There are times when food writing intersects with public policy and politics in a way that makes it difficult to write about great restaurants, new recipes and self-indulgent browsing in artisan food stores, times when things happen that shake us out of our comfort zone. Today we stand at such an intersection.
I was prepared to publish an article today about the conjunction of Thanksgiving and Hanukkah later this month. It was going to be fun and informative and include recipes for roast turkey, side dishes and potato latkes. That will have to wait a few days.
Today we must recognize there are millions of people in our nation who will not be eating turkey this Thanksgiving because they can’t afford to buy turkey. They may be able to buy potatoes, but probably not some of the other ingredients for really great latkes. They are people who depend on food stamps to feed themselves and their families.
For 48 million of those people across our nation, mostly children, the elderly and people with disabilities, this holiday season will begin with an act of inhumanity on the part of the U.S. Congress.
The national program known as the Supplemental Nutritional Assistance Program (SNAP), which was enacted by Congress in 2009 as part of the economic stimulus package, expires tomorrow (Friday, Nov. 1, 2013). For a family of four, living on food stamps, it will mean the loss of $36 a month in benefits. That’s the equivalent of 21 meals a month, according to the U.S. Department of Agriculture, which runs the food stamp program.
Can a nation call itself great when it tolerates this level of poverty, when it hands scraps to the needy then takes away some of those scraps, when it allows its leaders to act this way with hardly a whisper of protest? Can a people call themselves humane and compassionate, when they provide a pittance to the poorest and feel good about it, while at the same time shrinking from the real challenge of eliminating poverty and assuring that all people can live with a measure of dignity? Can a nation that fosters public poverty and private shame call itself moral or just?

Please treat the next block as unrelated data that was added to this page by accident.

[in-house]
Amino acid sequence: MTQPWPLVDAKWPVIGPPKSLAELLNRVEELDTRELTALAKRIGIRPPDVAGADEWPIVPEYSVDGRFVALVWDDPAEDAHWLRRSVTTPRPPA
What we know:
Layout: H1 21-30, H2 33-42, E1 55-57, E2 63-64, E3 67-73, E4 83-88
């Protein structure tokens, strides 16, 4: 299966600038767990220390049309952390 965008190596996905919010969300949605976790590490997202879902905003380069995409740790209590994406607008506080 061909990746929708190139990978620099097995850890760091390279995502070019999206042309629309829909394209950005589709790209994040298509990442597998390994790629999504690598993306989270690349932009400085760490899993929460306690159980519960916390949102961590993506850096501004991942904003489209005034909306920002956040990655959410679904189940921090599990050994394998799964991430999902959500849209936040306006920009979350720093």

Across this nation tonight millions of households will hand out more than $36 dollars in Halloween candy to trick or treaters. Tomorrow, as the SNAP benefits vanish, some members of Congress will spend more than $36 for drinks before they even order lunch. They will be the same members of Congress who refuse to extend the SNAP benefits, or vote for the job-training and education funds that can move people out of poverty, or increase the minimum wage and help some people become less reliant on things like food stamps.
No. Instead Republicans in the House of Representatives, on a purely partisan vote, approved a measure that would cut benefits by an additional $40 billion over the next 10 years. Have they no shame, no compassion, no morality? To them I say: let your family skip 21 meals in the next month and try to feed themselves on $1.71 a meal the rest of the month; walk in the shoes of those who suffer at your hands.
The solution to our national shame of hunger and poverty cannot be a never-ending public dole. Instead, it must be a national resolve to end hunger and poverty not through financial assistance programs but with a resolve to give every person the ability to earn a fair wage to support themselves and their families. As a nation we never have adopted or acted upon such a goal. Instead, we smugly pat ourselves on the back for giving minimum handouts to those in need and then we look the other way when those handouts are reduced. Until we change this we cannot call ourselves great, or exceptional, or even worthy.